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The U.S. government acknowledges that the Internet of things (IoT) has advanced past the research and development stage. However, even with this acknowledgement, there is still a gap in how the public sector is connecting to the IoT and how it should be connecting.

Imagine if agencies could arm flood zones with sensors able to detect rising water levels and provide early warning to citizens. Or deploy sensors on highways that alert the necessary authorities when they are iced over. Or connect irrigation systems in national parks to smartphone applications that stream scheduling and maintenance data.

Policy makers, for their part, should be taking steps to update security, data governance, and regulations that enable the swift, full adoption of IoT and associated technology.

However, while some agencies, like NIST, already have established programs in place, IoT adoption among public sector agencies is in the very early stages due to extreme shortages in security, talent and logistics. Here are a few ways the public sector can swiftly overcome these hurdles:

Build secure endpoints and consider blockchain integration

A new bill introduced in early August by Senator Mark Warner (D-Virginia) and Senator Cory Gardner (R-Colorado) attempts to set standards for both public and private sector IoT-linked devices. Meanwhile, government technologists are taking extra time to explore secure hardware options and survey connectable platforms, from the Pentagon to the famously breached Office of Personnel Management. For good reason, the public sector must take a security-first mindset when designing solutions that employ the IoT. We all remember the botnet that broke the Internet, so we must design systems and solutions with military-grade cyber-defense capabilities.

To fully address IoT security concerns, as well as ensure completeness and integrity amongst entities, agencies need to be thinking about blockchain integration. Just as blockchain can be used in the healthcare sector to track medical records securely and in real-time so that everyone involved in a patient’s care has the same accurate view of the patient’s situation, government agencies that famously manage data records, like OPM, could use blockchain to avoid future breaches.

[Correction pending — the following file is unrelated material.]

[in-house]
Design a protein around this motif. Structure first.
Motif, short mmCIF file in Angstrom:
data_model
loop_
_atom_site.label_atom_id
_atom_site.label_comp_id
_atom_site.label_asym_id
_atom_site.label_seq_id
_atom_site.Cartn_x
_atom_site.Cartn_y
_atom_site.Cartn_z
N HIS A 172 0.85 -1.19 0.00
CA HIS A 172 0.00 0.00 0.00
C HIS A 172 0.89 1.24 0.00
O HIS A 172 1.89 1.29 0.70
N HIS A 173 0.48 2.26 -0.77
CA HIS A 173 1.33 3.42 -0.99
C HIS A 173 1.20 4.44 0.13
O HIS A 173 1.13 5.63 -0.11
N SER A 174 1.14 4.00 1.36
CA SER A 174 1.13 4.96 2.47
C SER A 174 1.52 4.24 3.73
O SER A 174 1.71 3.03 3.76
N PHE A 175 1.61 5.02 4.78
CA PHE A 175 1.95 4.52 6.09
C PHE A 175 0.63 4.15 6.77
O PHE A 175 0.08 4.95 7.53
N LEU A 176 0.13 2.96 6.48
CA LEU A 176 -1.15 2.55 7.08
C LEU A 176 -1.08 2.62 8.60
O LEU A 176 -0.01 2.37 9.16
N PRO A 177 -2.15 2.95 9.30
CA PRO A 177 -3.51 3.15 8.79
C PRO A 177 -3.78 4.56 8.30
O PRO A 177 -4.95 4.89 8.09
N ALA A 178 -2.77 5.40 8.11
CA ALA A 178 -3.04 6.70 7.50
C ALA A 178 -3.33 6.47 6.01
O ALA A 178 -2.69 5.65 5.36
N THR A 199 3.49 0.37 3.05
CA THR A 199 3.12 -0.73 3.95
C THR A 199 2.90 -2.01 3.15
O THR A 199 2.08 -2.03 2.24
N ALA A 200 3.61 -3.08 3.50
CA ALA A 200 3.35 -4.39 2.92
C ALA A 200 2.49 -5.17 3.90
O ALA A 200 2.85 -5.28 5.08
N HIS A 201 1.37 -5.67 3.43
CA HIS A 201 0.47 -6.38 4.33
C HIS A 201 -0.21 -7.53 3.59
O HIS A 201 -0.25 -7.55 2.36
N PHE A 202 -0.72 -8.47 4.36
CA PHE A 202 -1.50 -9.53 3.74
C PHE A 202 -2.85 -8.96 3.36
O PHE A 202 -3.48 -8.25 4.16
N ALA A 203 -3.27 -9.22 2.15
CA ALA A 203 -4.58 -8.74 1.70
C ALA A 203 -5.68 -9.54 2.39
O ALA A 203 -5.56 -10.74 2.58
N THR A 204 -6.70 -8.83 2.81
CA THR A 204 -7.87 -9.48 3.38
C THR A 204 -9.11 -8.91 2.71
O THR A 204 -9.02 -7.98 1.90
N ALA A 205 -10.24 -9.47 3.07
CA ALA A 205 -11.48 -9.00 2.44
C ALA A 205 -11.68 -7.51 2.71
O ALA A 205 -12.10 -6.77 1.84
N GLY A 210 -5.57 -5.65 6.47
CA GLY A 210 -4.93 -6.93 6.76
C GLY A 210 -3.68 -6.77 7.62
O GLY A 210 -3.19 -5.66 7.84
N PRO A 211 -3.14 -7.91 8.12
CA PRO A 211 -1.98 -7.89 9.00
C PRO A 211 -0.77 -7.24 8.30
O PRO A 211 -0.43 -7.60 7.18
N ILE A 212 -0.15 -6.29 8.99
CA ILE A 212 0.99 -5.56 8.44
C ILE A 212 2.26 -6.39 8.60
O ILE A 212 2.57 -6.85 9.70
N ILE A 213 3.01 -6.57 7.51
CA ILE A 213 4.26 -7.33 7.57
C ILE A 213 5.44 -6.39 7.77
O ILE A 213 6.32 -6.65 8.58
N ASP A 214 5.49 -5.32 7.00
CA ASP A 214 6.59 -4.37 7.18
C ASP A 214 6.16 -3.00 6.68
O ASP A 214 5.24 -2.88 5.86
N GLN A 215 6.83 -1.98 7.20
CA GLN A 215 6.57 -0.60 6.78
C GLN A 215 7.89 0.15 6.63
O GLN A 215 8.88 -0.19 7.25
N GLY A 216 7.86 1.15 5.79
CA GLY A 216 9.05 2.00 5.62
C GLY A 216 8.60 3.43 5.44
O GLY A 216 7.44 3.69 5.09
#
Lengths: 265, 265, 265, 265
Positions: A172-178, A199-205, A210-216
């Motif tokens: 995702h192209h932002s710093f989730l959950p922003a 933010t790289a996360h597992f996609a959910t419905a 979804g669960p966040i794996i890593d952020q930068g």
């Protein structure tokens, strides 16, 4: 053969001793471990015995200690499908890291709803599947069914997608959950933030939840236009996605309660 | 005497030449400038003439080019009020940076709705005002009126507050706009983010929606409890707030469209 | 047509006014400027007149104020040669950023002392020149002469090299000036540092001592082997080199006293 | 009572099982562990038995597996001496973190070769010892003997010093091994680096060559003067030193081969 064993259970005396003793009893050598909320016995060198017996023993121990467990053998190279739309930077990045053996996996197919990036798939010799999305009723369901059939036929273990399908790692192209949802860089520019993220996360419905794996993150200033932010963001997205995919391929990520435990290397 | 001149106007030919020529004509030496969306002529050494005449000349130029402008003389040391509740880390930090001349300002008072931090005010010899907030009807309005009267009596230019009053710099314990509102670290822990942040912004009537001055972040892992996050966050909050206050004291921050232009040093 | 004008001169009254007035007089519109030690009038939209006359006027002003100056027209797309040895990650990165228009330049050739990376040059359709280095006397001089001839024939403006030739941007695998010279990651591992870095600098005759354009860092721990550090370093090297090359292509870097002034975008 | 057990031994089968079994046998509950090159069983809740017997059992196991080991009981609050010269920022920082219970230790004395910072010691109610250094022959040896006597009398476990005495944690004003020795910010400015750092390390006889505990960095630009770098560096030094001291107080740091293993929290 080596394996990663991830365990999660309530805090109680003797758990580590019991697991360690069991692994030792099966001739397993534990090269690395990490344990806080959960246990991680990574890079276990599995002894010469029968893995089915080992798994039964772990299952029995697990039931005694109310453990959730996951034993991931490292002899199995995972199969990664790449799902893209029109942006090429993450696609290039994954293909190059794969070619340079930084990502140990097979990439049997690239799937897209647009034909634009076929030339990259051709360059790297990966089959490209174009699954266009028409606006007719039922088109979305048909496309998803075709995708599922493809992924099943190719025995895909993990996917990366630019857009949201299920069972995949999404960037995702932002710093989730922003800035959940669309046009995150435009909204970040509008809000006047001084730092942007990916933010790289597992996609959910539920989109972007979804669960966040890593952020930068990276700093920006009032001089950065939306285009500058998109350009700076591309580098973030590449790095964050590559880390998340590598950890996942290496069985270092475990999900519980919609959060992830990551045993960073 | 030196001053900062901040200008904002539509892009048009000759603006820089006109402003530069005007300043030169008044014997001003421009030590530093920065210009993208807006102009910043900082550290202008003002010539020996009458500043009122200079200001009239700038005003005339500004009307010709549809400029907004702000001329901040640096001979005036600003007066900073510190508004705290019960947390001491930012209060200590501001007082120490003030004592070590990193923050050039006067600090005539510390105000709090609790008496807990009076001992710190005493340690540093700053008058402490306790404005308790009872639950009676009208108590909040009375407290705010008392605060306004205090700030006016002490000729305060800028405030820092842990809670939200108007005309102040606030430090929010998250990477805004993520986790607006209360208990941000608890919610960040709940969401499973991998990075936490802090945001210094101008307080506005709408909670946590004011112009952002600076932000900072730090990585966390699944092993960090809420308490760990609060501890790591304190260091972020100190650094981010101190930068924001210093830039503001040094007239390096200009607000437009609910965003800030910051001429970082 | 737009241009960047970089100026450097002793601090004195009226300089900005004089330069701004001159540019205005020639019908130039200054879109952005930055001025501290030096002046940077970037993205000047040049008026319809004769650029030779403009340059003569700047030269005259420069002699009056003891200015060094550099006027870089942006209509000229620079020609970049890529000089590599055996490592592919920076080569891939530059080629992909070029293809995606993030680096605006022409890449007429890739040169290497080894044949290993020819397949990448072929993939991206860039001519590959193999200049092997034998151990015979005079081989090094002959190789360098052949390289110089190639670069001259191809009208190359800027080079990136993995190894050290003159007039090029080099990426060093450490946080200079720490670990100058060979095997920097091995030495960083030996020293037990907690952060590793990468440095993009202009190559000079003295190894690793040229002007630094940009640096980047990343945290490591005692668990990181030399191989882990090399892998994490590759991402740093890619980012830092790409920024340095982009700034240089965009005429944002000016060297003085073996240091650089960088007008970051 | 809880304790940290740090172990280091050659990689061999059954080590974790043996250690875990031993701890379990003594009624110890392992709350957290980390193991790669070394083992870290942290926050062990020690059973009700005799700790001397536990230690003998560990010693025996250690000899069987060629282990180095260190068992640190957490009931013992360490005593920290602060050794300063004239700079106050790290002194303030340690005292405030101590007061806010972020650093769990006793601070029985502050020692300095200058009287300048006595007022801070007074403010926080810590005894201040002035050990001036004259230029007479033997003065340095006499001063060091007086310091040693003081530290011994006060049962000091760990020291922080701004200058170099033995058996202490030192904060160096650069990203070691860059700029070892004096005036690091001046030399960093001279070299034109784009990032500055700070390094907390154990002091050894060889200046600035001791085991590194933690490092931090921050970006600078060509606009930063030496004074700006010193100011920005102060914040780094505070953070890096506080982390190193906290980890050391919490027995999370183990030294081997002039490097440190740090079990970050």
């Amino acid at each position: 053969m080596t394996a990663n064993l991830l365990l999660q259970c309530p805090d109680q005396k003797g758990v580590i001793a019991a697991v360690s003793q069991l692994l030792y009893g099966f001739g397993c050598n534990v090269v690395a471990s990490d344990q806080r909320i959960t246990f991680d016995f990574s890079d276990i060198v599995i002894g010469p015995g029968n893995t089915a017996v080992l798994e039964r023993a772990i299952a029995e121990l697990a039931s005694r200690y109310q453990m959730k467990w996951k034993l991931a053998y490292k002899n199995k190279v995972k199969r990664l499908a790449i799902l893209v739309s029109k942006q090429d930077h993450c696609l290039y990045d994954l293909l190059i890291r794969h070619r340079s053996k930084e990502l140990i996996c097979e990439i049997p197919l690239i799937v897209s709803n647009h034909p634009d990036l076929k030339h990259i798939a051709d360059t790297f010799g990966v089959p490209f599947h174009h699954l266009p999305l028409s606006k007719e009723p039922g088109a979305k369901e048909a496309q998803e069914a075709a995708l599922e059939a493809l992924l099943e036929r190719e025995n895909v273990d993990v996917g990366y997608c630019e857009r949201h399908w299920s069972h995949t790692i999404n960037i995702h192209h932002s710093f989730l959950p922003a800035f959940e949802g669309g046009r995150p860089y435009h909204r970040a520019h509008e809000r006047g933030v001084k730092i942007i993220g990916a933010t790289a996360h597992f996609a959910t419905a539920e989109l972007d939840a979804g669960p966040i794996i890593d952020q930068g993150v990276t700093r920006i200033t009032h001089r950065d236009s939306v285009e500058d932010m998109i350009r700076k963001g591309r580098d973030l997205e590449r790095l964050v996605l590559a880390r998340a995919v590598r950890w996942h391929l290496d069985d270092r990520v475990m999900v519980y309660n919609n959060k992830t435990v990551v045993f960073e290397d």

Recruit talent that is familiar with the technology

The public sector needs to complement IoT research and development with targeted talent recruitment. Specifically, agencies need to develop IoT-centered programs and incentives that attract data scientists to analyze trends and guide implementation, UX teams that can match a complex network with a seamless experience for people working with data, and field service professionals who can keep tabs on the performance of sensors attached to millions of points in the public sector’s network.

In practice, a typical IoT deployment requires engineers who install and activate sensors in warehouses, farms, and vehicles. McKinsey points out that there are also many sensors in place that could be connected to the IoT but are inactive. As a first step, the public sector will need to onboard trained engineers who can take stock of the government’s connectivity potential. Once the sensors are deployed, data from the sensors needs to be collected and analyzed in a central data repository by software developers and data scientists. Finally, the results of the data analysis need to be presented to government stakeholders so they can take action on whatever the IoT devices are telling them. Hence, the need for user experience experts.

Lay the foundation for a connected public sector

Large-scale government IoT projects will require significant Other Direct Costs (ODC) to procure sensors and activate (or reactivate) infrastructure. And current regulations pertaining to data capture and information assurance need to be refocused to provide firm controls and clear guidelines for IoT deployment. Agencies also need to recruit – and retain – the types of staff I’ve mentioned above.

Despite these roadblocks, the benefits of public sector IoT are substantial, particularly as it relates to emergency management and planning.

IoT, when implemented correctly, has the power to solve problems before they even happen at all levels of government.

Kris Tremaine is a Senior Vice President at ICF, leading the firm’s federal digital practice. She has 25 years of experience providing strategic and digital counsel to government, nonprofit, and private sector organizations.

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